I originally got the idea to start a literary magazine after getting a few years’ experience advising the yearbook at the high school where I teach. I was beginning to enjoy the process of layout, that feeling of receiving freshly printed books in those boxes (they should bottle the smell), and I felt like being in the driver’s seat for once instead of constantly hitchhiking, hoping an agent would pick up my manuscripts.
I’d been obsessed with Virginia Woolf for a while, having been exposed to her work for the first time at the New School while in the MFA program, and in particular I loved her essay, “Professions for Women,” in which she urges female writers to kill their angels–those “be nice” social pressures on women of the time that discourage honest expression. Back when I would routinely apply for every literary job I’d find online, I’d pitched a literary column to a startup magazine with the title Killing the Angel. I never heard back from the magazine, the title remained mine, and so it was decided.
I estimated that I’d be able to produce the first issue for around $2,000 and organized a Kickstarter campaign that was successfully completed by the end of 2011. Friends, families, fellow MFA-ers, co-workers, and a few anonymous strangers helped me the goal a reality.
Once I had the funding, I had to cultivate submissions. Flyers in coffeeshops and campuses, Craigslist ads, MFA newsletters, and social media helped spread the word. Using a Google form for submissions helped keep everything organized, and I sent paper contracts and checks to accepted writers. We pay writers $20 for each accepted piece and ask them to sign on First North American Serial Rights, which allows for the rights to revert back to the writer after publishing with us, allowing them to publish the same piece again elsewhere (we do ask them to acknowledge us if they do publish again, which they do).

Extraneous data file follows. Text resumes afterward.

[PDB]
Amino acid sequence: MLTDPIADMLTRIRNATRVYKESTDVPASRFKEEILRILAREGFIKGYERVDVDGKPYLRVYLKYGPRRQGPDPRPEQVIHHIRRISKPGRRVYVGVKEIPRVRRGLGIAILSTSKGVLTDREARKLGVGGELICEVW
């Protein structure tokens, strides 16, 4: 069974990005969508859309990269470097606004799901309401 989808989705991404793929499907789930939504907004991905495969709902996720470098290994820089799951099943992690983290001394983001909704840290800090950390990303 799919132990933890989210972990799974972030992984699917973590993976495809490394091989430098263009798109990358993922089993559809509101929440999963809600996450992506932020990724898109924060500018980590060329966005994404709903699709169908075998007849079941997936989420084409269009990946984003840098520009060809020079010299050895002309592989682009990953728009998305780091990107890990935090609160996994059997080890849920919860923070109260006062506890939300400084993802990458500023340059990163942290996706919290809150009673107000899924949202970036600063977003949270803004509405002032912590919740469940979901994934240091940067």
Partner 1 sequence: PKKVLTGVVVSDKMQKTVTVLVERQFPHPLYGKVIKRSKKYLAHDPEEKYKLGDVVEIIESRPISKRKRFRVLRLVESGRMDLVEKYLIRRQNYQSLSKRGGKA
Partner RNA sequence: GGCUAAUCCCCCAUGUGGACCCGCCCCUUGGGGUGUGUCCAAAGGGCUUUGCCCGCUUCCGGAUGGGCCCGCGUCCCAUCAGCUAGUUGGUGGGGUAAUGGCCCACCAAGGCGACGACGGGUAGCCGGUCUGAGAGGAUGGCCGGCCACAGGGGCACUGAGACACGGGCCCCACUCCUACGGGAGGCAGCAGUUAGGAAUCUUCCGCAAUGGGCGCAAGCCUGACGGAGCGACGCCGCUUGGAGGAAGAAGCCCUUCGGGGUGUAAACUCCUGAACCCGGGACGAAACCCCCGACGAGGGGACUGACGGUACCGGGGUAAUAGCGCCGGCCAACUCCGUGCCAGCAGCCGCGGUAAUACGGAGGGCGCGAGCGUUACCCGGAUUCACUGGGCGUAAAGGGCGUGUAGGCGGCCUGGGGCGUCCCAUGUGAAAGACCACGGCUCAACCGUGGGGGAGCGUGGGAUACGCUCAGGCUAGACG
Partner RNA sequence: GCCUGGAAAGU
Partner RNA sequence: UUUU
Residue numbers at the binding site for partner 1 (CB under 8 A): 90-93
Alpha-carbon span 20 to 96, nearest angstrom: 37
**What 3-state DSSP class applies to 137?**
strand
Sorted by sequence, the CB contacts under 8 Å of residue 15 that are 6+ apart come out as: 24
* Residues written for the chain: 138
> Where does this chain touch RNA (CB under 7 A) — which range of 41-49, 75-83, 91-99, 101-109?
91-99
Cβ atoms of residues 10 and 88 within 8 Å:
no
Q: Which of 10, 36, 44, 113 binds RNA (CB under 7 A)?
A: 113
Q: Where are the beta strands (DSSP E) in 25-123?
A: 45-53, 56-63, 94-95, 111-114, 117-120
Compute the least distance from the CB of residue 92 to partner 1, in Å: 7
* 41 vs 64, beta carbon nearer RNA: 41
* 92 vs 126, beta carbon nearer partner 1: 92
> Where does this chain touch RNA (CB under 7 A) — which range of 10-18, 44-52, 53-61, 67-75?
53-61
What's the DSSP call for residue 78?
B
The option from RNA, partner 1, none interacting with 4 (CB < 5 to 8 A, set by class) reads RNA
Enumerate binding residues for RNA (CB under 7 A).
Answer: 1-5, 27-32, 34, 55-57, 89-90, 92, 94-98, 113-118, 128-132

I realize that $20 isn’t a lot, and I’d love to be able to pay more eventually. I can’t say strongly enough how important it is to pay writers, and artists in general, for their work. It’s one of the strongest values that I want KTA to embody. Let’s abolish “great for exposure” from our vocabulary as editors. Exposure alone is not compensation. I think art is often taken for granted, yet in many ways it is what gives meaning to our lives, whether it’s reading a great poem, watching a ballet, or viewing evocative paintings. These are things that we value and we should show it by compensating the artists.
One of my co-workers used to run a literary magazine, and I picked his brain a lot for different questions I had about everything from rights to printing specs. I actually modeled many of our specs off our high school’s literary magazine. For the first issue, I worked with a graphic designer on the cover and interior, and she generously gave me the templates so that I could do all of the art and layout myself for subsequent issues, which saves a lot of money! CLMP was helpful as well regarding questions I had about ISSNs.
I’ve been asked a lot if I’d ever move to an online model, and I always say no. It’s not that I dislike online magazines; rather, it’s more about what print journals can offer. I take pride in creating a beautiful product, and I enjoy the process of mailing them out, often internationally, and getting those emails from people in Australia, the UK, France, saying, “It arrived, and it is wonderful!”
Once the first issue arrived in its boxes, we were ready to distribute. I reached out to several bookstores, and three of them agreed to carry the journal, one of them being Shakespeare & Company in Paris, France. I also sold the issue online. For the first issue, I also got a lucky break with the company Indie Gift Box, who purchased 100 copies at a heavily discounted rate for their “Stories & Lyrics” themed box. This helped spread the word about the issue as well. Shakespeare & Company has continued to carry each of our issues, and it doesn’t get much cooler than that–what a fantastic bookstore. One of the bookstores that carried us eventually stopped stocking literary magazines, so we’re down to just two stores that carry us.